Silicon Valley Comic Con 2016 review

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The city of San Jose was the center of the first ever Silicon Valley Comic Con on March 18th-20th. The event, hosted by Steve Wozniak, saw a huge turnout for the first year. The con promised to be different from other comic cons that you may attend. Did they live up to that promise? Yes and no, to be honest.

Like most comic cons, SVCC had a wide variety of venders selling comics, collectibles, replicas and more. The artist alley showed hugely talented artists selling prints of their original art and promoting their own books. There were also a lot of big names there, like a lot of the bigger cons. SVCC had Stan Lee, Jeremy Renner, Peter Mayhew, Nathan Fillion, and much more. Of course, most of them did panels, like Stan Lee, for example, who talked about his favorite cameos and why he doesn’t like the Doctor Doom movie costumes since they have never done it right. Jeremy Renner also did a panel and tried to help a 12-year-old kid understand why Hawkeye liked Black Widow in The Avengers, but had a wife and kids in Avengers: Age of Ultron.In that sense, there really wasn’t a huge difference between any other comic con. Really though, that is ok. I mean how different can those be and it wouldn’t be comic con without them and it provided some great classic comic con moments.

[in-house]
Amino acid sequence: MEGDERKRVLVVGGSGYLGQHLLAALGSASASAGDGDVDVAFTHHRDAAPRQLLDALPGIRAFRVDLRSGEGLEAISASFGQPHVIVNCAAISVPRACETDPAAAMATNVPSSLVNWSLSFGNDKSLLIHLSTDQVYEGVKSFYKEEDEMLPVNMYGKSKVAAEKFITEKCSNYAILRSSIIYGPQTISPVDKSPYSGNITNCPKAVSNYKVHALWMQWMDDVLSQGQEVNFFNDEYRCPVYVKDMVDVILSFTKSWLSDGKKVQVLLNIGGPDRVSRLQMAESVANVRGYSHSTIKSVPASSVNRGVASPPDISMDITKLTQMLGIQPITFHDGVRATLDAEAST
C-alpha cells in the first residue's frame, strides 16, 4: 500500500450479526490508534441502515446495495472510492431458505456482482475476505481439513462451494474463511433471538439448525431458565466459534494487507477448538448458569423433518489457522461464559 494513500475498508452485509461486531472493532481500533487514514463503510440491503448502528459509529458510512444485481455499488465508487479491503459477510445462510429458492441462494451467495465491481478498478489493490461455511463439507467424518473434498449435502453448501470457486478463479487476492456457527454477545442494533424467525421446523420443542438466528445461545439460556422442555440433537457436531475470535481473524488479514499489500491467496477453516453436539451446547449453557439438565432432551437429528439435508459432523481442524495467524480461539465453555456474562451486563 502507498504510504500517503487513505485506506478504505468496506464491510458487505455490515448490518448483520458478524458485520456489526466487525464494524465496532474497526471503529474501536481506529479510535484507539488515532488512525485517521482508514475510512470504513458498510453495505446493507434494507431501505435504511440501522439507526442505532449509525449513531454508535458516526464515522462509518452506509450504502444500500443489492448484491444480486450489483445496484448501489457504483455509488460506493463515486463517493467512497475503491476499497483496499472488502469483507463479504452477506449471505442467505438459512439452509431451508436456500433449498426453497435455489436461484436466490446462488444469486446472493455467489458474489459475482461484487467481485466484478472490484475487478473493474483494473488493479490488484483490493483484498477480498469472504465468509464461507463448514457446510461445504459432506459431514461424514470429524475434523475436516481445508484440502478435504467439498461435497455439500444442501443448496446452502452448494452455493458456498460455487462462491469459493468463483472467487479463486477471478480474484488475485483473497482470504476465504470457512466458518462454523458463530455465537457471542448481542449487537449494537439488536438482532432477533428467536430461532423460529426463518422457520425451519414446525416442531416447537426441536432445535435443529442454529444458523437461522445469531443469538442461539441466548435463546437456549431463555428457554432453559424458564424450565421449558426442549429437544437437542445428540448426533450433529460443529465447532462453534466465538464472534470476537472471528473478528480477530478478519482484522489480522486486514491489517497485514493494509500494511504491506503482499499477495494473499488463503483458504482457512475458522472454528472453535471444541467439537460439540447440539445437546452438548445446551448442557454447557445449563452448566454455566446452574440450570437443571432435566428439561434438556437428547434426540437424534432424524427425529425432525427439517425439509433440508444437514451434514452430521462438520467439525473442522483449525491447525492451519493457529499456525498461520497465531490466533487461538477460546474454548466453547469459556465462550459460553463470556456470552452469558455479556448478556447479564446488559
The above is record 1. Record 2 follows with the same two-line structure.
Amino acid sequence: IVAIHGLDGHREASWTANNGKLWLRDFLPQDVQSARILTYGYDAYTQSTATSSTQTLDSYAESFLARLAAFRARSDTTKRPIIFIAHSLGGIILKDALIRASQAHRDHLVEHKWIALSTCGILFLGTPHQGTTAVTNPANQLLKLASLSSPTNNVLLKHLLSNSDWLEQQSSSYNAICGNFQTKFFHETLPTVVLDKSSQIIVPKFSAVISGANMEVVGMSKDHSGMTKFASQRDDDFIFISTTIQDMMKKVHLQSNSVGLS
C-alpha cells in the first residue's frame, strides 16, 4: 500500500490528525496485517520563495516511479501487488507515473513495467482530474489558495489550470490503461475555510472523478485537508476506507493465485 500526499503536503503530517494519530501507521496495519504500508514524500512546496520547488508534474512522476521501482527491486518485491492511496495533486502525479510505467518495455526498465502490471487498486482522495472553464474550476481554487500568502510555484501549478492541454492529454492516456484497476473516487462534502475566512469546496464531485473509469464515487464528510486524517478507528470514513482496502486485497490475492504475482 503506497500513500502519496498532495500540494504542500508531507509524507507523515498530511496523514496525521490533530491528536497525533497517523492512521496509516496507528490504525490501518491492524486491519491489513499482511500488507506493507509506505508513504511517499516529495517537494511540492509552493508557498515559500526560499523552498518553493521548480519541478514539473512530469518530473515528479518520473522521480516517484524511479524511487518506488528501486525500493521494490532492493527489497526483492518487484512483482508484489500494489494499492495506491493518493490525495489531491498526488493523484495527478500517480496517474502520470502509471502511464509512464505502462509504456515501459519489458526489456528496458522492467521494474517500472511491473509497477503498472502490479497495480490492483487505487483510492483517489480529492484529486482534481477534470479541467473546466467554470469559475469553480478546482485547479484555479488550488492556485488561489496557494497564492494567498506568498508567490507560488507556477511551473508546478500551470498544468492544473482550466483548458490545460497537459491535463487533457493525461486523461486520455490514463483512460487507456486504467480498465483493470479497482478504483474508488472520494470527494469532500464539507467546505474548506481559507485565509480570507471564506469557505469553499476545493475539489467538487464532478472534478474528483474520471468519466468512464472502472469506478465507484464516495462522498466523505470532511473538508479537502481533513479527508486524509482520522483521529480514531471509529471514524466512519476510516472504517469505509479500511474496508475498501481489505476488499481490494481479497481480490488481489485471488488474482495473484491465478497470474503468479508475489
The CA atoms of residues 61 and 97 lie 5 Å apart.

In that sense, there really wasn’t a huge difference between any other comic con. Really though, that is okay. I mean how different can those be? It wouldn’t be a comic con without them, and it provided some great classic comic con moments.

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There were some differences, though. SVCC brought “together America’s two greatest superheroes: Pop Culture and Technology.” One thing that was there a lot more than other comic cons was technology. Starting at the entrance to the main hall, attendees were requited to scan their wristband on a digital pad to track data of some sort. It seems as though the wristbands were equipped with NFC technology and used to track attendees entering and leaving the hall. The wristbands were given at random so no personal info could have been on them. It seems as though The Woz wants to be sure about traffic numbers in preparation for next year. And of course, the data was being tracked on iPads. Aside from the wristband tracking, there were VR demonstrations, 3D printing vendors and a section called App Alley where developers can showcase their new projects. Never before have I seen that much tech at a comic con and that was awesome.

Overall, Silicon Valley Comic Con seemed to be a major success. It had a classic comic con feel but had just enough extras to make it a little unique. Even though there were some experiences that can be had at other comic cons, this one was fun and I can see it becoming another staple in the comic con roster. I can’t wait until next year and see what they have up their sleeves for year two.

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